3. Integration
At some point, sooner rather than later, this “note and PDF” system will become a little unwieldy, no matter how good your folder organisation is. My folder system is now four levels deep (e.g., Psychology/Perception/MAE Storage/Sources). Since this system is based on the current module, I’m fine as long as I stay within perception, for example. But as soon as I need to integrate findings from different modules, I end up jumping up and down folder structures like mad.

Additionally, this system still relies on me knowing what I’m looking for. This only works if I remember every single source I have ever saved.

Lesson learned: time to switch to an organisation program. Fortunately for Mac users, there are plenty of solid options. The most “Pro” alternatives are perhaps DEVONthink and Boswell. I tried both, and they are both improvements over a straight folder structure… However, I ended up settling for the decidedly non-pro VoodooPad, because hyperlinks are awesome.

Let me explain: Voodoopad is essentially a personal wiki (as in Wikipedia), that you keep for yourself. Without any scripting, you can create pages and link them together. It’s also easy to create outside links to locations on your harddrive. The really cool thing about this is that if I have a page where I sum up all my stuff on Behavioural Genetics, basically anytime I type those two words they are automatically linked to said page. You can set up aliases for each page, so I tend to create an alias for each article that I summarise in that page, e.g., Turkheimer, 2003. Now, every time I cite (Turkheimer, 2003), that citation becomes a link to my notes on the original article.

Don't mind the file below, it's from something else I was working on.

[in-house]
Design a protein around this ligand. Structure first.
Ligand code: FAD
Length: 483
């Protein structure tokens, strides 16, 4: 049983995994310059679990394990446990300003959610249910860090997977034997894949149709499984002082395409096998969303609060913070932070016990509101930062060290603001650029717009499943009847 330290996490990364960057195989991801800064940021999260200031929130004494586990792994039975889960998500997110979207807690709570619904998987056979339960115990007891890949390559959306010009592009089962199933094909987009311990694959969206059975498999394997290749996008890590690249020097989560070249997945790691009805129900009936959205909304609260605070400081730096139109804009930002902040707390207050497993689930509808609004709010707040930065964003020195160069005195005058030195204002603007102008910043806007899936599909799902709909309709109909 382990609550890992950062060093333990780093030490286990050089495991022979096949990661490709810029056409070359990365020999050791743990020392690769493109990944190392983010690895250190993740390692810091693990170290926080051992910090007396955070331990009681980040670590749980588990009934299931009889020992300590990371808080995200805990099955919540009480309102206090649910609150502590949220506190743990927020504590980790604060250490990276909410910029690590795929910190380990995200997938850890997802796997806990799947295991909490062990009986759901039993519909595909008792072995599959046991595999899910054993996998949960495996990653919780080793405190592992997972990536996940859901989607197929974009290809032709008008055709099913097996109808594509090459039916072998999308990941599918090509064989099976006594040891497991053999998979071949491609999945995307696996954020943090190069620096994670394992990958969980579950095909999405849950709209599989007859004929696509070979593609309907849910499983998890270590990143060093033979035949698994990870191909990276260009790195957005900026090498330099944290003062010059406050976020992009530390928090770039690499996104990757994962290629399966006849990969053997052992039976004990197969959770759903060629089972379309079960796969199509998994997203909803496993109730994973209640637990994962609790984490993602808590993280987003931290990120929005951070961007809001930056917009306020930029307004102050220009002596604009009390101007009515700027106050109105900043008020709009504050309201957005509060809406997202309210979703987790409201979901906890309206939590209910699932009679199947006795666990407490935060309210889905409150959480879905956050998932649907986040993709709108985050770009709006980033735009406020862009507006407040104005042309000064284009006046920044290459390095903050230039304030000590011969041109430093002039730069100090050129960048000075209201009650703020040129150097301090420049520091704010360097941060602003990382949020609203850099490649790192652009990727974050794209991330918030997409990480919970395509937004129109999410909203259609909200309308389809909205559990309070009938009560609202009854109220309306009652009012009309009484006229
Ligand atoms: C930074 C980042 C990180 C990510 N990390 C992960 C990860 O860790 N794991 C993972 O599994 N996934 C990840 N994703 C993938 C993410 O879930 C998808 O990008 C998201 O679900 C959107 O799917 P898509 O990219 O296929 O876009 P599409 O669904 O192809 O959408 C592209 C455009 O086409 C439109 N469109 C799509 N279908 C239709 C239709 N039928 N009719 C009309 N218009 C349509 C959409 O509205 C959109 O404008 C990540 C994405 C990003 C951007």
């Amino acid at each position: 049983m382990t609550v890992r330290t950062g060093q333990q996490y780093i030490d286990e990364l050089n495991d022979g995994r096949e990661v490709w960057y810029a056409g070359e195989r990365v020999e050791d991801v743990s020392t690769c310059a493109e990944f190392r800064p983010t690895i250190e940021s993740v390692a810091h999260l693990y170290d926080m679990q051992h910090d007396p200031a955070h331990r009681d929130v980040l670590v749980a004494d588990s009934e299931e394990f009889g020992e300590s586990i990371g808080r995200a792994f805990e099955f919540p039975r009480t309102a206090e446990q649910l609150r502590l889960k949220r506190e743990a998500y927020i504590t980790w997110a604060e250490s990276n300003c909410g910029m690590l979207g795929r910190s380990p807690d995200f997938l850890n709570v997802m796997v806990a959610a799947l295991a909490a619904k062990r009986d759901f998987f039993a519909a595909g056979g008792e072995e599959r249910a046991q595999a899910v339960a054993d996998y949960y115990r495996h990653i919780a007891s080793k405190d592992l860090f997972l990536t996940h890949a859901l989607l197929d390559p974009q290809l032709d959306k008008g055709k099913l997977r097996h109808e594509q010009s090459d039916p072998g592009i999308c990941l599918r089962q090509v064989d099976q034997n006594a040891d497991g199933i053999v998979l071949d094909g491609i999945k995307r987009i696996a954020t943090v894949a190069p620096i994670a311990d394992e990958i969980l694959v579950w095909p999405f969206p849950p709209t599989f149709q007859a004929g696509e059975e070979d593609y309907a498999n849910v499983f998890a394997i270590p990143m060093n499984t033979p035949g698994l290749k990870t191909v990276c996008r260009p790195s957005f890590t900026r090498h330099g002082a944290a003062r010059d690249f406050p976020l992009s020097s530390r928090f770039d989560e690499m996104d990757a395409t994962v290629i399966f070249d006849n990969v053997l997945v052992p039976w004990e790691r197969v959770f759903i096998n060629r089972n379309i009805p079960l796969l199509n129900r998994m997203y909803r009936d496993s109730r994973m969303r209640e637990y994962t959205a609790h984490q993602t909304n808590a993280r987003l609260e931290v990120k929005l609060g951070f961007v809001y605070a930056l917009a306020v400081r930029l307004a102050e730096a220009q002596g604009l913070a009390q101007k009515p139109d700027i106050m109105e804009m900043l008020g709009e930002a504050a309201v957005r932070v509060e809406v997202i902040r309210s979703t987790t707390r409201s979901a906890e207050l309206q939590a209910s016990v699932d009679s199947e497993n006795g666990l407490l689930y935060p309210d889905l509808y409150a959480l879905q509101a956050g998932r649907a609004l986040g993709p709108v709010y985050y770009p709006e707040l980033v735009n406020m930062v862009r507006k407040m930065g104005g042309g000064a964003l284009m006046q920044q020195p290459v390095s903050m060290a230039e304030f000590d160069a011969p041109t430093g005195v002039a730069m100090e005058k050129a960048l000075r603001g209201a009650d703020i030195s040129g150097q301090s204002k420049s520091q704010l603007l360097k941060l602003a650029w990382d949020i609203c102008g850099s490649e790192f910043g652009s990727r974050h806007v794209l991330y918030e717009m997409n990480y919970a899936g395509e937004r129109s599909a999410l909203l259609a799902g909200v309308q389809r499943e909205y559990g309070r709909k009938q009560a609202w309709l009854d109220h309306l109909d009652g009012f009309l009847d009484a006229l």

As you might imagine, this becomes extremely intuitive, once you get used to it. When typing out an essage plan, the plan itself contains direct links to every article I’ve used, and if I want to relate my writing to another area, I just type in something like “this is similar to the heritability estimate used in Behavioural Genetics”, and poof, I have direct links to my writing on heritability, and Behavioural Genetics.